Public art in Nashville has received a $75,000 boost.
The Nashville Arts and Entertainment Commission has been awarded an endowment from the estate of Richard J. Hoffman, a Fort Wayne businessman who died in November 2013, commission President Cathy Martin said.
The Hoffman Trust was created in August 2015 at the Noble County Community Foundation, and Martin said a portion of it was to be set aside for projects outside the Fort Wayne area.
Martin’s brother-in-law was a trustee, and when Martin pitched the idea of granting money to art and entertainment in Nashville and Brown County, it worked.
This gift is the largest the Nashville Arts and Entertainment Commission has received since it was formed in 2012 — at least five times its annual budget.
Town Manager/Economic Development Director Scott Rudd said it’s among the largest gifts the town has ever received.
The nine-member volunteer commission oversees public events and art installations in Nashville’s cultural district, Arts Village Brown County.
For 2016, the town gave the commission a $10,000 budget. The commission also can draw from a second, donor-funded pool that can be used for special projects, grant matching and other expenses not covered by the town appropriation, commission member Michael Fulton said.
Martin said $70,000 of the grant money has been placed in the Richard J. Hoffman Public Art Fund pass-through fund at the Brown County Community Foundation.
It also can accept other donations to help it grow. Rudd said it’s possible that this gift could even double if it’s used as matching funds.
Martin said $5,000 will go into the Nashville Public Art Fund at the BCCF.
The commission will not be able to touch the $70,000 for one year, and in the meantime, it will earn interest, Martin said.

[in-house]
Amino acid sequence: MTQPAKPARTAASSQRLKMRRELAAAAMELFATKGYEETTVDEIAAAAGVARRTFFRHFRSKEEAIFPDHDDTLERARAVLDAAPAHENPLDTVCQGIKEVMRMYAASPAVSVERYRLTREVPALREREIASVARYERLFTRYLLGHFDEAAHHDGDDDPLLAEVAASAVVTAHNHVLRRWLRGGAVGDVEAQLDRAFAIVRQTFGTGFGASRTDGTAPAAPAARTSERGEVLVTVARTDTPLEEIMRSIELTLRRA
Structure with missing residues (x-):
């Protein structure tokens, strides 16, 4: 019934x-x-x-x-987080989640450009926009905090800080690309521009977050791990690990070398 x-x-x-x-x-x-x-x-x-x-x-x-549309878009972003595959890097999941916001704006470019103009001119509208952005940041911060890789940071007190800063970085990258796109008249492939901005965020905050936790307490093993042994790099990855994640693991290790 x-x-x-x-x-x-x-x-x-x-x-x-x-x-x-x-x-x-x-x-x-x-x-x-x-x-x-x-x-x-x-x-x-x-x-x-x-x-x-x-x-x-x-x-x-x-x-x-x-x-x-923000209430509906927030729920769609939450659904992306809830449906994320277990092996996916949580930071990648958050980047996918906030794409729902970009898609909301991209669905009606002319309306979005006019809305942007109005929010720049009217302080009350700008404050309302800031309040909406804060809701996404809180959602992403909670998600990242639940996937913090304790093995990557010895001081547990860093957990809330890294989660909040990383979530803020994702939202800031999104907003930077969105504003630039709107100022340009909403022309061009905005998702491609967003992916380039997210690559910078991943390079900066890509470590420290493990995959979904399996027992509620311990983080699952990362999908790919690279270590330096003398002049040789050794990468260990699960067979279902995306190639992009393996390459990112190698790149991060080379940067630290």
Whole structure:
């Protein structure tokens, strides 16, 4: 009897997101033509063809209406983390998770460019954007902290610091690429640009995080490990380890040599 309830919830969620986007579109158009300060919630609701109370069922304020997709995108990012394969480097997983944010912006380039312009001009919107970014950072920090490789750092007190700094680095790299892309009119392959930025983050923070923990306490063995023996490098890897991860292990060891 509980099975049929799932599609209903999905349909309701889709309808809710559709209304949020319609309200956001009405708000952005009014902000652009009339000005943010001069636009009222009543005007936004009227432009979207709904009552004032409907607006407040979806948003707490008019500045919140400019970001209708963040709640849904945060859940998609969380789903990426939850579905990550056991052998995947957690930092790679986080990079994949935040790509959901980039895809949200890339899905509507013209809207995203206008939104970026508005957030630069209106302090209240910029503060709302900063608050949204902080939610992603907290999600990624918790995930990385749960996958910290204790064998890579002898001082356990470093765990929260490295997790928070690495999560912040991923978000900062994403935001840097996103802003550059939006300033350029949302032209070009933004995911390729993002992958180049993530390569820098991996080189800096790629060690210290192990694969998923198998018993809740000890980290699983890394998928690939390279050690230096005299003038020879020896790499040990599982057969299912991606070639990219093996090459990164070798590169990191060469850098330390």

That will give the commission time to figure out what to do with it. Since the award was announced Nov. 10, the commission hasn’t had time to decide, she said.
Martin said the plan may be to keep adding to public art in town, “but to do it in a measured way.”
Over the past three years, the commission has installed several sculptures around downtown, on lease for two years from the artists. Some of those may be moving to different locations, Martin said.
Next year, the commission is also going to focus on public gardens as public art, she said. There are plans to link public gardens in town with the gardens Selma Steele created at T.C. Steele State Historic Site in Belmont, which are undergoing a major, multi-year restoration.
“It would be kind of fun and also it would bring attention to (artist) T.C. Steele, which is such a gem that not enough people know about,” Martin said.
The commission sponsored a series of free concerts this summer and fall at the downtown Village Green Pavilion.
In addition, this year the commission submitted an “Our Town” planning grant proposal to the National Endowment for the Arts; collaborated with the Nashville Parking and Public Facilities Commission to install art in the Village Green Restrooms; helped develop the grant proposal for the Village Green Revitalization Project; and designated more downtown venues as art, entertainment and public art locations with leaf markers outside their doors.
The commission also worked with Indiana University SPEA student intern Anne Ellis to research how much of an impact the arts have on the Brown County economy, and hired Linda Margison as a part-time media coordinator to promote art activities in Brown County.
“We hope to cooperate more and more with (artists) outside of town,” Martin said.
The Nashville Town Council will appoint five volunteers next month to the Nashville Arts and Entertainment Commission.
Apply online through the town’s website at townofnashville.org.